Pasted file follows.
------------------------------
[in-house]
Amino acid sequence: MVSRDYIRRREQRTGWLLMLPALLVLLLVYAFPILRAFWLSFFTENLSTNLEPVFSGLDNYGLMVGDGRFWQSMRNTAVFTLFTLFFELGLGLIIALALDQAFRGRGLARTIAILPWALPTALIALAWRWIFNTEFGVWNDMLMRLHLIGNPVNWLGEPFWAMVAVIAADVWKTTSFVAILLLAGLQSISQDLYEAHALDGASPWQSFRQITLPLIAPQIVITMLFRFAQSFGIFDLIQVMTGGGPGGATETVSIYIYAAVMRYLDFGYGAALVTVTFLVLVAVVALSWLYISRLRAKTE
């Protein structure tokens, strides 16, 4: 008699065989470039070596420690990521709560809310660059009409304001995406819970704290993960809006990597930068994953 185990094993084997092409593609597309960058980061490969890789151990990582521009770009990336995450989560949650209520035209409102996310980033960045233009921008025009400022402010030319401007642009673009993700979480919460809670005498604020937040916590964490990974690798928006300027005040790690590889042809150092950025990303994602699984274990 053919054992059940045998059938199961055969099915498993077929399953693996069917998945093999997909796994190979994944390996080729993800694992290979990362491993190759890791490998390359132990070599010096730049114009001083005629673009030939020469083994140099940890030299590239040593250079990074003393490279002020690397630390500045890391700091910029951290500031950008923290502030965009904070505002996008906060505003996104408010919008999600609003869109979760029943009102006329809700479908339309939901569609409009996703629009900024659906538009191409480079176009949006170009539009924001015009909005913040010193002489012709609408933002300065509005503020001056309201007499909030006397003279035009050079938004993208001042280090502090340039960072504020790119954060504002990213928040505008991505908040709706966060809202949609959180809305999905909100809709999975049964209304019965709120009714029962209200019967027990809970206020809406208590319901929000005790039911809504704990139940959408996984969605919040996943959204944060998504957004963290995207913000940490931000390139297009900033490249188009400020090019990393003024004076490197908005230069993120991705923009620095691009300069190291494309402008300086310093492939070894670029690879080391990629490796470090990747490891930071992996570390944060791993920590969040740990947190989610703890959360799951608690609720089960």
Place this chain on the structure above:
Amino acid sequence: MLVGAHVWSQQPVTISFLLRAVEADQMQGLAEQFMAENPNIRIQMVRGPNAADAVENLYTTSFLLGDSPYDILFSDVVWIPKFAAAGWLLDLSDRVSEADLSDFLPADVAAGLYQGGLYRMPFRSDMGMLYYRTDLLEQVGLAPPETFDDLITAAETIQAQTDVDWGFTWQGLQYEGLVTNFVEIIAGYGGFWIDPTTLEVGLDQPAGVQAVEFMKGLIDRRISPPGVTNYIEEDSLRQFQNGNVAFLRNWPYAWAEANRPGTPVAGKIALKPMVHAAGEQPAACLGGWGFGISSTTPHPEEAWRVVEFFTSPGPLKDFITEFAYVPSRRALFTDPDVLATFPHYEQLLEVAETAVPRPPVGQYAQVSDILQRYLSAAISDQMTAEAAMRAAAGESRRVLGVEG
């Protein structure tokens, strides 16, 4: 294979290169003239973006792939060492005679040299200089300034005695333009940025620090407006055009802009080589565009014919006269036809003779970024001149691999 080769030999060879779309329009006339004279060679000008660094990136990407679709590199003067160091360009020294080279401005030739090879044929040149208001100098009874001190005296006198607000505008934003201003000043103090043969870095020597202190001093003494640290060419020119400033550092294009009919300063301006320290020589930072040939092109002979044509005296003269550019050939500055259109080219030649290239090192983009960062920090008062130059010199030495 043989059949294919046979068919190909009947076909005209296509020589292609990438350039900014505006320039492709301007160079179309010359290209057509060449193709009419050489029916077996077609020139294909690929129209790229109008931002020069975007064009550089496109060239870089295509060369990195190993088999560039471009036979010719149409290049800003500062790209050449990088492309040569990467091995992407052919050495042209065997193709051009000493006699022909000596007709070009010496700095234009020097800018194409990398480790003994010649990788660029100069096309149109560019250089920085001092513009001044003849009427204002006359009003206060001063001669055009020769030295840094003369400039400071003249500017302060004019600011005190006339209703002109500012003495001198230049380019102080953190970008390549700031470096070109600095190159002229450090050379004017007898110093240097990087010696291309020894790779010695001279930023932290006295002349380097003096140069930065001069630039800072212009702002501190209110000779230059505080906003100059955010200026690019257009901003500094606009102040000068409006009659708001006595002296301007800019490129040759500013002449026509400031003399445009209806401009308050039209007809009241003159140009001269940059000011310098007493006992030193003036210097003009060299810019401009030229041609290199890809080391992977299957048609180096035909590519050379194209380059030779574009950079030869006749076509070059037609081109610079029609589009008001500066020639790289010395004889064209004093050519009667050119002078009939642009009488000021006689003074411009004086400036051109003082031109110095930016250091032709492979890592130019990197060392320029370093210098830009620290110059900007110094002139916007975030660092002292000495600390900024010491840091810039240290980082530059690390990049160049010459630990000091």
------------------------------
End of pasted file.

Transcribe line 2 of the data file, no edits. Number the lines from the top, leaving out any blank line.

Amino acid sequence: MVSRDYIRRREQRTGWLLMLPALLVLLLVYAFPILRAFWLSFFTENLSTNLEPVFSGLDNYGLMVGDGRFWQSMRNTAVFTLFTLFFELGLGLIIALALDQAFRGRGLARTIAILPWALPTALIALAWRWIFNTEFGVWNDMLMRLHLIGNPVNWLGEPFWAMVAVIAADVWKTTSFVAILLLAGLQSISQDLYEAHALDGASPWQSFRQITLPLIAPQIVITMLFRFAQSFGIFDLIQVMTGGGPGGATETVSIYIYAAVMRYLDFGYGAALVTVTFLVLVAVVALSWLYISRLRAKTE